For a counterpoint, consider this.  According to these measurements, the neutrinos in question travel at 1.000025 c.  If that were true in general, the neutrinos from a distant supernova would arrive much earlier than the light --  on the order of 4 years earlier for supernova 1987a. In reality, the neutrinos arrive a few hours early.  This is explainable by the fact that the neutrinos travel from the core of the supernova almost unhindered, while the shockwave takes some time to reach the surface and create the visible response.  For more distant supernovas, the time lag would be even greater, but this is not observed.  This is fairly strong evidence that neutrinos do not travel measureably faster than c.  For both of these measurements to be correct, either there is some unexplained dependence on the neutrino energy, neutrinos travel faster through rocks than vacuum, or there is some unknown compensating effect that slows supernova neutrinos down.
 

Offline Kozmyk

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"It is only a theory" is a total bullshit statement that has no meaning except to make the person saying it feel smarter.
This vehemence is indicative of the reaction I first mentioned. LOL
Just WHO is attempting to appear clever in this matter?  ::)

Nowhere in my comment did I suggest that any ideas be "thrown out", you are getting ahead of yourself I fear.
That they may need to be reconsidered is only logical, anything else is deliberate ignorance.

It does not matter how many decades of experimental evidence there are if new evidence forces a re-evaluation.

Whether this new discovery turns out to be a valid breakthrough or not it remains interesting to see how people react to the mere possibility that any of their cherished notions may need to be altered.
I remain amused. thank you.  ;D
 

Online ejeffrey

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I just watched the CERN live webcast.  Great stuff.  The archive is not online yet, but I expect it to be available shortly here:

http://cdsweb.cern.ch/collection/Video%20Lectures

I will dig through the arxiv paper when I get the chance -- probably tomorrow.
 

Offline FreeThinker

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Where's DR Cox when you need him?
Machines were mice and Men were lions once upon a time, but now that it's the opposite it's twice upon a time.
MOONDOG
 

Offline AntiProtonBoy

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While they use photon counting detectors, neutrino detection is not a single photon event, and the SNR is actually quite high. 
Yep fair enough. But would you consider 16111 events over a span of ~3 years to be high SNR? That's not a lot!

 

Offline FreeThinker

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"So let me put my money where my mouth is: if the Cern experiment proves to be correct and neutrinos have broken the speed of light, I will eat my boxer shorts on live TV."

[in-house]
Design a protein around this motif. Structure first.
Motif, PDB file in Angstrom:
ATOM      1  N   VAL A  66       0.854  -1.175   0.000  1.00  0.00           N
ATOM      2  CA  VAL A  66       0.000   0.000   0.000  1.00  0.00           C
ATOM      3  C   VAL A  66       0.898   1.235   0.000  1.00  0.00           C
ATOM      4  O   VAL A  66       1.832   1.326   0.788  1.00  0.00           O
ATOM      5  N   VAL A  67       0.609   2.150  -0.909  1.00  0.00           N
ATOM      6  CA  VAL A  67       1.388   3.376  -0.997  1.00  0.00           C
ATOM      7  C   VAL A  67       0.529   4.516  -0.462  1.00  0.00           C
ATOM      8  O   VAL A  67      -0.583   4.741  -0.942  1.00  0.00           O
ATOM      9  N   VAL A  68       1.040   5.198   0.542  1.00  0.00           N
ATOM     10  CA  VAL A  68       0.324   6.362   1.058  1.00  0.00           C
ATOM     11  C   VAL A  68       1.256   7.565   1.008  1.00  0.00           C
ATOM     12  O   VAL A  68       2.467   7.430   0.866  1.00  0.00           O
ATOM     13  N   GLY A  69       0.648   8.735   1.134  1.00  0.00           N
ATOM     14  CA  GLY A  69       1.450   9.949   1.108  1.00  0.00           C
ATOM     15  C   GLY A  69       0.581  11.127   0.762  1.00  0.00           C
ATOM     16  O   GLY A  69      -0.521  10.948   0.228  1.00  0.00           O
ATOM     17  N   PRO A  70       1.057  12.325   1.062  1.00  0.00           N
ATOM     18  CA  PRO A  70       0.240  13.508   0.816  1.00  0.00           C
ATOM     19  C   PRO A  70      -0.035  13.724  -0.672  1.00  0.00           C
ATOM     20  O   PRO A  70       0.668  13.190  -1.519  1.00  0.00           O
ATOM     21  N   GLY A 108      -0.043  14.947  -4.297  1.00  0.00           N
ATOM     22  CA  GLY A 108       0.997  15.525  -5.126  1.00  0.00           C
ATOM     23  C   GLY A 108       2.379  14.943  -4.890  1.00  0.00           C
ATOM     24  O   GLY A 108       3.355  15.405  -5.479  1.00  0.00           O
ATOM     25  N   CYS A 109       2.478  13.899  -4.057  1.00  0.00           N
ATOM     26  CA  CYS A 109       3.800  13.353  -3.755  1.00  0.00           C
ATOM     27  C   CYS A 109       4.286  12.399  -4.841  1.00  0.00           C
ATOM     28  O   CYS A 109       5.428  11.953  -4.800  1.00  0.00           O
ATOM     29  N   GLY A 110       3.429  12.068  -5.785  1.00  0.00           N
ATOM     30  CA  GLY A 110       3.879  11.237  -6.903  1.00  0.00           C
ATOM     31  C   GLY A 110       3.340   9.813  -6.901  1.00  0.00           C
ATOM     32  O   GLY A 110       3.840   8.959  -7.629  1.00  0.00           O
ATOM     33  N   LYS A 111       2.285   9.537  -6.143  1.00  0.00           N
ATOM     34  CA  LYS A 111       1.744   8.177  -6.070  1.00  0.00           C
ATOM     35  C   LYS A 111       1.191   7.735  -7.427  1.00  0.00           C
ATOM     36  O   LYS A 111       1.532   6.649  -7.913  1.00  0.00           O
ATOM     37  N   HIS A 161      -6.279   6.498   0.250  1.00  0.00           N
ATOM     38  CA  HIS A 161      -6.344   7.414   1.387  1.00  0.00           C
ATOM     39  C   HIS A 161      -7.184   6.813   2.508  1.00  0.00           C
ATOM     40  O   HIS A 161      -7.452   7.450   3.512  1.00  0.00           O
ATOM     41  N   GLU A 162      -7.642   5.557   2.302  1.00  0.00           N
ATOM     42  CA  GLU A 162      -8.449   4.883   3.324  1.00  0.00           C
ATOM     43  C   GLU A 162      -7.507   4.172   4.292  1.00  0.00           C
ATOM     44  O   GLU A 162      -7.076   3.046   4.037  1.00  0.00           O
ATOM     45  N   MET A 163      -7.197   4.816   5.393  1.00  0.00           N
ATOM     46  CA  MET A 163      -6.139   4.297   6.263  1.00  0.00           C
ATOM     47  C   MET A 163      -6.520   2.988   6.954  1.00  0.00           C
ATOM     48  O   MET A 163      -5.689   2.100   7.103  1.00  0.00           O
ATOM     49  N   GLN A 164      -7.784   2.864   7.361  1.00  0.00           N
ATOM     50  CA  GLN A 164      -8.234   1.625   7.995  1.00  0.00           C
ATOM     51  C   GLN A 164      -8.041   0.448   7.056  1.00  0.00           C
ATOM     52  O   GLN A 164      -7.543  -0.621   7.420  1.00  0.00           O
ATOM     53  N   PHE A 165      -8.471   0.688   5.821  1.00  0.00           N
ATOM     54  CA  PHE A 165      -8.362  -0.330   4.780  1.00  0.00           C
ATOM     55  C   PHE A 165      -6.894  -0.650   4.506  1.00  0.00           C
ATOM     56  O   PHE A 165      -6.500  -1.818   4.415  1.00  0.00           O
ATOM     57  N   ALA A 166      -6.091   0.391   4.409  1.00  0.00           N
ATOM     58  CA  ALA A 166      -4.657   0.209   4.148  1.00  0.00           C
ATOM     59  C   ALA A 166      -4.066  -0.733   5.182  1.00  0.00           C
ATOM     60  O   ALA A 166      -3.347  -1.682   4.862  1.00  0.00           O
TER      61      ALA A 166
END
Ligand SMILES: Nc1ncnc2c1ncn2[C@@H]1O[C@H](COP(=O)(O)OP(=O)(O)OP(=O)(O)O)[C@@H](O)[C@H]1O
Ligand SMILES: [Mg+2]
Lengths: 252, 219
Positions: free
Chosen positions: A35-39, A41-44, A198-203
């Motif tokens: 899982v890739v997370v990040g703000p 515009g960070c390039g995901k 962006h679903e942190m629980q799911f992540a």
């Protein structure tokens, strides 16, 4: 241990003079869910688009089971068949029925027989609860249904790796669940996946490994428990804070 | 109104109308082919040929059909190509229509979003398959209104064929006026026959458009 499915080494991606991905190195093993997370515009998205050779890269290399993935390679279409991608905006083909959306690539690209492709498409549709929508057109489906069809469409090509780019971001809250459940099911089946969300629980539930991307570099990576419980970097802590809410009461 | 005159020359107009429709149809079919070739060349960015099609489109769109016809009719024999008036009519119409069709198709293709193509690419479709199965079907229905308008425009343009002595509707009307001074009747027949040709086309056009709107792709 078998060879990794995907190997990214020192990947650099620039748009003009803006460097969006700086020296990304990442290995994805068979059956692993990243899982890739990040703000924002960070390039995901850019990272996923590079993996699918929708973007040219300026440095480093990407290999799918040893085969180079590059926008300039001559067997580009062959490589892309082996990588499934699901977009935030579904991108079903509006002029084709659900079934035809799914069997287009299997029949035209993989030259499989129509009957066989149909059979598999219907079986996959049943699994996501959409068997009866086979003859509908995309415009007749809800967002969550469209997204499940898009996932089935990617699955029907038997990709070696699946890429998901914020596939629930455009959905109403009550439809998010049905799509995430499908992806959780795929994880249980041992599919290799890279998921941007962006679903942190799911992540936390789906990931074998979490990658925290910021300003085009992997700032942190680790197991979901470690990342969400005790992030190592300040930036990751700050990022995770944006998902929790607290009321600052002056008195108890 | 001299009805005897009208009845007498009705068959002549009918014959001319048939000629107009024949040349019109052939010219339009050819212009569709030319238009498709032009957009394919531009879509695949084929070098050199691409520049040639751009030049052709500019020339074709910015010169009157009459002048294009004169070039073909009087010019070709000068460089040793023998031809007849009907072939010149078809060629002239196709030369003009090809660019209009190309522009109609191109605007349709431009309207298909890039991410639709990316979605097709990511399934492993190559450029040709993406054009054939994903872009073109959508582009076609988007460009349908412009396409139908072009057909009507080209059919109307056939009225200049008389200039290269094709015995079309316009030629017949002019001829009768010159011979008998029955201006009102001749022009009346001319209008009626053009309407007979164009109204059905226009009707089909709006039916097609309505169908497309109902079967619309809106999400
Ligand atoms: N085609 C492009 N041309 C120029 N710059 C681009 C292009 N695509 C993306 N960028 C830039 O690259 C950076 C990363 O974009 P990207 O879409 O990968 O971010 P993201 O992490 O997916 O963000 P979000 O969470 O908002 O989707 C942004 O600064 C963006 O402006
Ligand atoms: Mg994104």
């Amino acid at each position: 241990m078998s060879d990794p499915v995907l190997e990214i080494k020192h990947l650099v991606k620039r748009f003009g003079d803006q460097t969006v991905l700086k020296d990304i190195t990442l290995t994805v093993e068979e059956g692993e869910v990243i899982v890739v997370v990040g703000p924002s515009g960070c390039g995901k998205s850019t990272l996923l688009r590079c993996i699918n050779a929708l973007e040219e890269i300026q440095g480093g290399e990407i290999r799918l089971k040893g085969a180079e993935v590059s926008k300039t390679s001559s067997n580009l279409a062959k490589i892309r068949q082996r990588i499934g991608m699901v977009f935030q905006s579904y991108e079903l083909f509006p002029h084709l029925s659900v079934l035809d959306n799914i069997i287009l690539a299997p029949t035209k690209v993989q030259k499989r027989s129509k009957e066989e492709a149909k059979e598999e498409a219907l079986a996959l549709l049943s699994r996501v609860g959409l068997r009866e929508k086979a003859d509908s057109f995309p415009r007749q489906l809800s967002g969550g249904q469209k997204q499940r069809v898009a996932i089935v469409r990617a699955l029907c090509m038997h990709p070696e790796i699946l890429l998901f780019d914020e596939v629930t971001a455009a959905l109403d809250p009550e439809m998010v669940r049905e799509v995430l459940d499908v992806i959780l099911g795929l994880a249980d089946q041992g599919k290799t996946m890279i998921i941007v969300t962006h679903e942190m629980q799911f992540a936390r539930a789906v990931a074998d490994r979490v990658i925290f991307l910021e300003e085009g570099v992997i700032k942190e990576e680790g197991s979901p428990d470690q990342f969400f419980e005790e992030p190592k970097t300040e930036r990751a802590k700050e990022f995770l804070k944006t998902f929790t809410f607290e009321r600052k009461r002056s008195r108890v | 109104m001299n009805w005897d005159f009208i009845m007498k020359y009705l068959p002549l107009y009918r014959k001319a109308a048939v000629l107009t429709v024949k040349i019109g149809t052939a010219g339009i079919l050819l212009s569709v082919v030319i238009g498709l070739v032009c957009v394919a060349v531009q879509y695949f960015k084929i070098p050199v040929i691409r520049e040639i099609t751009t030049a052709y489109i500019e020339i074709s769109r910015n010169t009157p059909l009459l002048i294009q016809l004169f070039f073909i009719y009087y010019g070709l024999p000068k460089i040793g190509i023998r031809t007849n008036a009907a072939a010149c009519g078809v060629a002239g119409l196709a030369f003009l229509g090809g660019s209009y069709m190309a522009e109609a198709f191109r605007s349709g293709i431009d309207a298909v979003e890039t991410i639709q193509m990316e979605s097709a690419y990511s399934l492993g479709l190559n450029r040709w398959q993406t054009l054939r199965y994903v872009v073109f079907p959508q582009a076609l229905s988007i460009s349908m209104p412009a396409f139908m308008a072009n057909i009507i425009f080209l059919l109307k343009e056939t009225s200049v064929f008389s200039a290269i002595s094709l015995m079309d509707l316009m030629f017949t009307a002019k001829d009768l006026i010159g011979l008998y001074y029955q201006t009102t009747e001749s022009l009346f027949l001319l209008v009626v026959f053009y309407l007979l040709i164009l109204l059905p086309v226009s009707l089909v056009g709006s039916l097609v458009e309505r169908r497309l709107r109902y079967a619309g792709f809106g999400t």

I would love to see that. It's small minded people like that that start wars! CERN is to high profile to make an announcement like this without being on firm ground (so to speak). They have put up their hands and said they do not know the answer but would like someone to check the results.If (when) confirmed it will be anew era in physics. By the waywasn't the world supposed  to end sometime back due to some testing at CERN?
Machines were mice and Men were lions once upon a time, but now that it's the opposite it's twice upon a time.
MOONDOG
 

Offline AntiProtonBoy

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Well neutrinos are not somthing detectable in a bunch, some neutrinos are very hard to detect and trace. The detectors are very big. This is somthing that takes years to check and confirm.
Yes, I made that point earlier.
 

Offline SgtRock

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Greetings EEVBees:

--I is very clear to me from reading some of the comments, that some of you have absolutely no idea what Einstein was getting at. Sheesh. Several of you, notably Ejeffery, and AntiProtonBoy were paying attention during physics class, and are a able to give a cogent explanation.

--I you cannot even give a brief explanation of what General Relativity is, then why the bloody h*ll would you want to opine at all. It is not just "a theory" is is the theory. I now see why some "engineers" think governments can tax "the people" into prosperity.

--I think I know where the error is. I have a friend, who has a friend, whose brother-in-law works at the Gran Sasso facility. According to him, some of the critical equipment was constructed using a cheap Chinese clone, and not a real "Stanley Measuring Tape".

“I do believe that it's the first time in history that fire has ever melted steel." Rosie O'Donnell

Best Regards
Clear Ether
 

Offline Kozmyk

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Homo superior strikes again.

We'll all have to wait and see won't we.